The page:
A biological station is a scientific resource for field study of the natural environment. The Archbold Biological Station, lying within the headwaters of the Everglades in south central Florida, is one of the most renowned in the world.
Its cutting-edge research has created real conservation solutions across diverse ecosystems ranging from the pristine, ancient sand dunes of the Lake Wales Ridge--home to plants and animals found nowhere else on Earth--to the waters, wetlands, and wildlife of the vast open ranchlands lying within the watershed.
The headwaters flow south into Lake Okeechobee and then drain to the coasts. The health of the headwaters affects millions of Floridians. The Archbold Biological Station is a wellspring of knowledge for this watersheed, one of the most important in America, and its scientists stand at the forefront of the fight to build a sustainable future for Florida.
Archbold Biological Station, established in 1941, is the primary division of Archbold Expeditions, a not-for-profit independent research institution in central Florida. The Station is dedicated to long-term ecological research, part of the global effort to understand, interpret and preserve the world’s natural heritage. Staff, visiting investigators, and students conduct research primarily focused on the organisms and environments of Lake Wales Ridge and adjacent central Florida. Areas of research strength are population ecology and conservation biology, emphasizing ecological changes over local and regional scales, and demographic shifts in ecologically sensitive species. Staff scientists also undertake studies in similar ecosystems regionally, most notably at the Avon Park Air Force Range and at the many state and federally protected areas on the Lake Wales Ridge – our research was fundamental in inspiring public acquisition of these sites. Our research helps guide land management decisions for regional scrub protected areas. Archbold is used heavily for education including research training for graduates and undergraduates from around the world, use by visiting college classes, extensive K-12 education, and public outreach.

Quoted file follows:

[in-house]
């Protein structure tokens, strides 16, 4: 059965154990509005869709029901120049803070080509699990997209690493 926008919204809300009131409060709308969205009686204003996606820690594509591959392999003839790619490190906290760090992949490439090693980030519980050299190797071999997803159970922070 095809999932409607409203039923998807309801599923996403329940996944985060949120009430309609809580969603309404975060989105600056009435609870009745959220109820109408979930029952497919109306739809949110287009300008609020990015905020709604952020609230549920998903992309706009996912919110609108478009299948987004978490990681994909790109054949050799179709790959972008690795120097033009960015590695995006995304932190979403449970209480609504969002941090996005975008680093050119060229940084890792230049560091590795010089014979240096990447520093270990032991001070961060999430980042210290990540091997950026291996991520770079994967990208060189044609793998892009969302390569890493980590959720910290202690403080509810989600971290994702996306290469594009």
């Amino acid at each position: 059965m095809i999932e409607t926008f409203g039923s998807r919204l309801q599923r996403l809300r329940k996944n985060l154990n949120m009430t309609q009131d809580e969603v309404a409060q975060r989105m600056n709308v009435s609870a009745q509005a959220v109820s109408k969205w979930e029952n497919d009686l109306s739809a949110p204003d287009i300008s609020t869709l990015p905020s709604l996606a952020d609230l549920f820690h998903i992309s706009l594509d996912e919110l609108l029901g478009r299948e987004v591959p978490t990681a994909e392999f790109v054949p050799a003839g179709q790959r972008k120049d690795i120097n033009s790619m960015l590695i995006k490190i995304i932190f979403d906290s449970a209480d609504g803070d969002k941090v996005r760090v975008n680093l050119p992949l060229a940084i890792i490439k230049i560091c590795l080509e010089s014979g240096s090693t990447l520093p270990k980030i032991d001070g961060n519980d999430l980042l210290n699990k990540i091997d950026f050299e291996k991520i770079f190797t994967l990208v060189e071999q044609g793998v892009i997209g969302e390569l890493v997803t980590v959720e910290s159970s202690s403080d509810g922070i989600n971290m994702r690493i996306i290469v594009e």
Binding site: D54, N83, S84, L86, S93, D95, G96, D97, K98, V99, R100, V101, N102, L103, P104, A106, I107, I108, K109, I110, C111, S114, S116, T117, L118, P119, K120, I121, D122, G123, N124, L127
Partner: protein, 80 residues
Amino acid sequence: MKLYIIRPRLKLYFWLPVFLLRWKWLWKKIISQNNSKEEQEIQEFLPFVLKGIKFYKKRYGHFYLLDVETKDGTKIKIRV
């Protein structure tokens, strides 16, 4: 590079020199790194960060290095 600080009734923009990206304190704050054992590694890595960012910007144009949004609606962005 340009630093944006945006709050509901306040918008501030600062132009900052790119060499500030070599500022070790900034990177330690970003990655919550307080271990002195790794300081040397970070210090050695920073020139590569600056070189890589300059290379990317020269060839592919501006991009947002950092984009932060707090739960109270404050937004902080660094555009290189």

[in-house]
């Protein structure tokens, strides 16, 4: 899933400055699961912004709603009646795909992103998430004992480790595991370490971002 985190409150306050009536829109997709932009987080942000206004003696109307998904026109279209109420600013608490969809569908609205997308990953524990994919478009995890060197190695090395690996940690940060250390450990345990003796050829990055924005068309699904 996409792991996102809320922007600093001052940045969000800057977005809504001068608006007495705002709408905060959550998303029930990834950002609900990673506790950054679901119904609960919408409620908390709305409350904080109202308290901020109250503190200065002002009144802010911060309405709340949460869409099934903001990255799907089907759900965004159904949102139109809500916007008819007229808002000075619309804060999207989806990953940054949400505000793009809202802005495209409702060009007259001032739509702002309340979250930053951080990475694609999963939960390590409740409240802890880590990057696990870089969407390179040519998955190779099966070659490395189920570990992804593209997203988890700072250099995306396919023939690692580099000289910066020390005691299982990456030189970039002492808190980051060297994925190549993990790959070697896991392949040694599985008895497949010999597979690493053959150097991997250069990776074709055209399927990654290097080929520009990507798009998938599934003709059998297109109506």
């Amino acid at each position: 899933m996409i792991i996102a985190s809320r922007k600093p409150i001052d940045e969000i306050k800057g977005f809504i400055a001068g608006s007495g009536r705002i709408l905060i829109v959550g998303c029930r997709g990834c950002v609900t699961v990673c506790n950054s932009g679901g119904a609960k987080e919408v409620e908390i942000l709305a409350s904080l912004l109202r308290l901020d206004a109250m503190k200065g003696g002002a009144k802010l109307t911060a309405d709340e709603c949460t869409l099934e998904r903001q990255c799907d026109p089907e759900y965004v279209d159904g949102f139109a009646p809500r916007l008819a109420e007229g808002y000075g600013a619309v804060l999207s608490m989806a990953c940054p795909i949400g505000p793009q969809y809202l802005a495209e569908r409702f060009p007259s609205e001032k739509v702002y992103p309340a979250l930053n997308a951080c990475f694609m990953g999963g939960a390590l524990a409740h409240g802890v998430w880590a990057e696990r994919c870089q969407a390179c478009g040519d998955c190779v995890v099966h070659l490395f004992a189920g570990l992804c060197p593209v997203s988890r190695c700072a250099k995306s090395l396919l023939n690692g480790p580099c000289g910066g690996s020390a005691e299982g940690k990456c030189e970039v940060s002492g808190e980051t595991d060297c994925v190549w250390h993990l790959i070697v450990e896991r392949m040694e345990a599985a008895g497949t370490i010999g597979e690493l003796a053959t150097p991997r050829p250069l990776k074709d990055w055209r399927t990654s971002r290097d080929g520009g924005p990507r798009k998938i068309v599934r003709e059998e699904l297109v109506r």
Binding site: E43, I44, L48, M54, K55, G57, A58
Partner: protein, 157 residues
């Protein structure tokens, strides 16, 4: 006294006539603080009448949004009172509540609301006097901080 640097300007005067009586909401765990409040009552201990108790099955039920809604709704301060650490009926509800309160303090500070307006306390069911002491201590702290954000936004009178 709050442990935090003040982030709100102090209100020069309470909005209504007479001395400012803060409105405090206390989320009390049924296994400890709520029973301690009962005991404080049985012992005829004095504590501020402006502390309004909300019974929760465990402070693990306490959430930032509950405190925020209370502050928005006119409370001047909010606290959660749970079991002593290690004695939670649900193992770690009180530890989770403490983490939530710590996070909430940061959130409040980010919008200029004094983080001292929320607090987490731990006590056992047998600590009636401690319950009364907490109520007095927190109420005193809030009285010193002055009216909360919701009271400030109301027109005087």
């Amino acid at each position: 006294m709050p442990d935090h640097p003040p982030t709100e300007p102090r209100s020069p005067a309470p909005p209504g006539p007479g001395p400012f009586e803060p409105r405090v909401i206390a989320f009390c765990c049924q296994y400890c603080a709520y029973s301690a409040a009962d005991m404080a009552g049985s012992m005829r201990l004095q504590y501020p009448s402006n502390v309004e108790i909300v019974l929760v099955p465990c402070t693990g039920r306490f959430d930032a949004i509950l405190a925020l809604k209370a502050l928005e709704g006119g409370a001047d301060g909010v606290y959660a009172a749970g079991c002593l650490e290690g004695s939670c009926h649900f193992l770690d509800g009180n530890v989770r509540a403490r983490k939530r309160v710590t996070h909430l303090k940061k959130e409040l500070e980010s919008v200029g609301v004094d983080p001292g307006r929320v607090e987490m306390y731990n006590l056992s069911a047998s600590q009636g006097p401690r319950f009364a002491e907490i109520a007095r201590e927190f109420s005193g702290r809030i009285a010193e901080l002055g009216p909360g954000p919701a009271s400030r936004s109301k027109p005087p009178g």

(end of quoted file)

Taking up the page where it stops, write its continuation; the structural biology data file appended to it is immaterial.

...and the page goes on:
Archbold Biological Station (5,193 acres) and the Archbold Reserve (3,648 acres) together comprise a 8,840-acre globally-significant preserve, located in the Florida scrub, one of the most distinctive natural habitats in the United States. Archbold provides secure access to study areas and organisms on land that is managed for scientific purposes. The Station is a series of relict sandy dunes, including xeromorphic scrubs, flatwoods and the 90-acre Lake Annie. Agricultural and natural lands lie to the west on the Archbold Reserve. Neighboring state-owned lands and private conservation easements mean that the Station lies within a protected area network totaling 16,200 acres. Fire is the prevalent ecosystem process in scrub. The Station provides experimental manipulation, through large and small-scale prescribed burning, to test hypotheses about ecological responses to fire. This region supports many of the rarest species in North America. Archbold is host to 19 federally-listed species and is regarded as critical for the long-term global viability of numerous endemic scrub species. The Archbold Collection with over 230,000 biological specimens of plant, arthropod, bird, mammal, herptile and fish is an important regional collection emphasizing species from the scrub habitats of the Station and the Lake Wales Ridge.
Archbold provides facilities and equipment in immediate proximity to these study areas; at the core of the Archbold campus are the spectacular Roebling buildings, among the best examples of the industrial vernacular in the USA. Archbold is on the National Register of Historic Places for its role in the history of architecture, science and conservation and listed as a National Natural Landmark, an outstanding example of our country's natural history, among the best examples of biological and geological features in both public and private ownership.